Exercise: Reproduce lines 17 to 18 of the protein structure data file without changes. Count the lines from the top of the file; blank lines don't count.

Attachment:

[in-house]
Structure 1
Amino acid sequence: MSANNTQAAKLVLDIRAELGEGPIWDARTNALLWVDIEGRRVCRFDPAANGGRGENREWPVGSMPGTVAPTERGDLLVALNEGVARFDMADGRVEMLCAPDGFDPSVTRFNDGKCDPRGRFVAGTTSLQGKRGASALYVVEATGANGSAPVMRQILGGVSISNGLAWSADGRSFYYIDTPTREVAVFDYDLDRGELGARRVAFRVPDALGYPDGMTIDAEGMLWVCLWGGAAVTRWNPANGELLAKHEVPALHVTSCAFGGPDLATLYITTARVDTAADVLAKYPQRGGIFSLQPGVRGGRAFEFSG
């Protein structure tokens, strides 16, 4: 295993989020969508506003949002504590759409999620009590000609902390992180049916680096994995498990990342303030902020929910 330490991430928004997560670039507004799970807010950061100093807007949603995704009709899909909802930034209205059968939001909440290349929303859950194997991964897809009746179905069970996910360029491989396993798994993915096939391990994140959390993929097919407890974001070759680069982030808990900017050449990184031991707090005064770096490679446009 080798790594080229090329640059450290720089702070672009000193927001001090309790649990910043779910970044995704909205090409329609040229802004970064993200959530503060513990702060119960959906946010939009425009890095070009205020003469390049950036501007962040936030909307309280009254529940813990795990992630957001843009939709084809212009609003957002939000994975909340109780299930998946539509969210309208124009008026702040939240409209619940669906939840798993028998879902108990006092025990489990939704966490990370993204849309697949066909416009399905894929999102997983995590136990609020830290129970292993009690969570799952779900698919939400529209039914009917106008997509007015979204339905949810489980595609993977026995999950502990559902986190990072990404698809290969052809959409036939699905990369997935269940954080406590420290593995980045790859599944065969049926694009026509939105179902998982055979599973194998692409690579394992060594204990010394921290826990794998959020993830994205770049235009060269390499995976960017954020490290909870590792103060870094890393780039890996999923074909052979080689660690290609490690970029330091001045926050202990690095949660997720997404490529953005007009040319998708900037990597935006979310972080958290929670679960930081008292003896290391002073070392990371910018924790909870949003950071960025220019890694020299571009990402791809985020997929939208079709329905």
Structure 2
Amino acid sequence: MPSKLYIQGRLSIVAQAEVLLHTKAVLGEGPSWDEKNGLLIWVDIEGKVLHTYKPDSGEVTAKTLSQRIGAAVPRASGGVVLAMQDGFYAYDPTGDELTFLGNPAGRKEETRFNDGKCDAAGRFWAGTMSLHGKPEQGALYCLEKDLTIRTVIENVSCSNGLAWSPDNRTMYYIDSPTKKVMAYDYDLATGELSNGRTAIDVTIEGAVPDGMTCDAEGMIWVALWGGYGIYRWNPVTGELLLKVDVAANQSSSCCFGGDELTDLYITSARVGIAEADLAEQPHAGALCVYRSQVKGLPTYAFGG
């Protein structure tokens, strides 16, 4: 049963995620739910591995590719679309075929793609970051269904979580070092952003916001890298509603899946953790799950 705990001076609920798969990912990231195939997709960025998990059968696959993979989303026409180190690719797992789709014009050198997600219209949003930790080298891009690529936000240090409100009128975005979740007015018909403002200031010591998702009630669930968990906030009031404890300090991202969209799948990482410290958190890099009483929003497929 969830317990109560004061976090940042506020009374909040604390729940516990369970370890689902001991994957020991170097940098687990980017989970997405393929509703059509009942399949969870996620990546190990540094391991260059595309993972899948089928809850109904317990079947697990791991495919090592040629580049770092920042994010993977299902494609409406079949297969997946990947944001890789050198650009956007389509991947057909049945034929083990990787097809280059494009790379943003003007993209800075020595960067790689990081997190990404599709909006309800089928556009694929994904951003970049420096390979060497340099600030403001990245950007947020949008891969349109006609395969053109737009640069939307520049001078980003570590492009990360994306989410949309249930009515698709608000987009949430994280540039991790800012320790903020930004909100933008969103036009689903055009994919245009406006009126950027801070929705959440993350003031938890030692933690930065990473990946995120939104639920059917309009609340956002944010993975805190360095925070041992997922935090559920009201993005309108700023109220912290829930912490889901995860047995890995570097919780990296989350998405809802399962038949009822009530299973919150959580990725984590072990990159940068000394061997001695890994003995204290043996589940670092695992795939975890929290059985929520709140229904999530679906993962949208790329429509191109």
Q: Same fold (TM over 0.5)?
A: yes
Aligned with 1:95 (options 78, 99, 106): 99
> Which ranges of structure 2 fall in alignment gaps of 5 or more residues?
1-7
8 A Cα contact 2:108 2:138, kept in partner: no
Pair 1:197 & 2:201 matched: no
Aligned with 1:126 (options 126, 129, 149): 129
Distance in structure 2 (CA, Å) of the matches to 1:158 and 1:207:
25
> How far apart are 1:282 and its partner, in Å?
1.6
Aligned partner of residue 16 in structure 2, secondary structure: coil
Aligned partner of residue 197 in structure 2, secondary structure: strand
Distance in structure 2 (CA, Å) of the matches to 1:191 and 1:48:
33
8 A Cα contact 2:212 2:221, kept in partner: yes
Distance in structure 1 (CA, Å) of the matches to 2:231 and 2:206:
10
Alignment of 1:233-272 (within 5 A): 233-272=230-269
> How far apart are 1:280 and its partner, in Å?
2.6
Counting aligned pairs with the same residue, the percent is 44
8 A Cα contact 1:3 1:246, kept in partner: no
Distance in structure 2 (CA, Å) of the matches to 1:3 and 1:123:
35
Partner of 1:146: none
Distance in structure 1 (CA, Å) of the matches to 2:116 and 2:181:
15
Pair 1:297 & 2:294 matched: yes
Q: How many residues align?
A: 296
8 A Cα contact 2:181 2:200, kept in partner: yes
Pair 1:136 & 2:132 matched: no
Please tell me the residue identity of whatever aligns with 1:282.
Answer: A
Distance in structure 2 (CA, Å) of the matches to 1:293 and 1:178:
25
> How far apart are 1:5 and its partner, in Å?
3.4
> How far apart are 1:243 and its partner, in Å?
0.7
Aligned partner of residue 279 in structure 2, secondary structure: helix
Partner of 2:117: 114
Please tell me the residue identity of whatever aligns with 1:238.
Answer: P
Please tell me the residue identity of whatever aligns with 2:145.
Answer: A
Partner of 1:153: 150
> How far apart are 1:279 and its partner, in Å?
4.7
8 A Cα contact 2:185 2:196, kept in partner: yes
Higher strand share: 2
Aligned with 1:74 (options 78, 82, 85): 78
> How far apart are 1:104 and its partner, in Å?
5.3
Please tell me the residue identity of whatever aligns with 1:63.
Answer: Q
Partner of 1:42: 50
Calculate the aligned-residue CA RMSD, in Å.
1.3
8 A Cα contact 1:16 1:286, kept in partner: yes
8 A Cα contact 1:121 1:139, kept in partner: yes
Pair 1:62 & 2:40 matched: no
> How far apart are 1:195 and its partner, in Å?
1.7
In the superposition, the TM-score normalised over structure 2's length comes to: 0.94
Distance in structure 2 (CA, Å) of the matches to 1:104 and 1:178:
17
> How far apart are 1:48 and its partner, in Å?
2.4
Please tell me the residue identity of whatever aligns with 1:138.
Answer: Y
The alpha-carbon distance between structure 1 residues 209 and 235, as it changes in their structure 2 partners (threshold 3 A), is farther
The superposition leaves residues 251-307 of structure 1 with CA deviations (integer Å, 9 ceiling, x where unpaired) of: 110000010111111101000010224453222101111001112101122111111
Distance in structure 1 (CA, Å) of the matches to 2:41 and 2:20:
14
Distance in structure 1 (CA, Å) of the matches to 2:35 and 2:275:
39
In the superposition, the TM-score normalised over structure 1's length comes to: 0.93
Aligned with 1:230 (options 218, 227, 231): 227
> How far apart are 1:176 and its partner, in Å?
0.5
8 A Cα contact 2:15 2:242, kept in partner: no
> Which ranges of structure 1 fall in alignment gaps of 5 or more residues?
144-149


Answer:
25
> How far apart are 1:282 and its partner, in Å?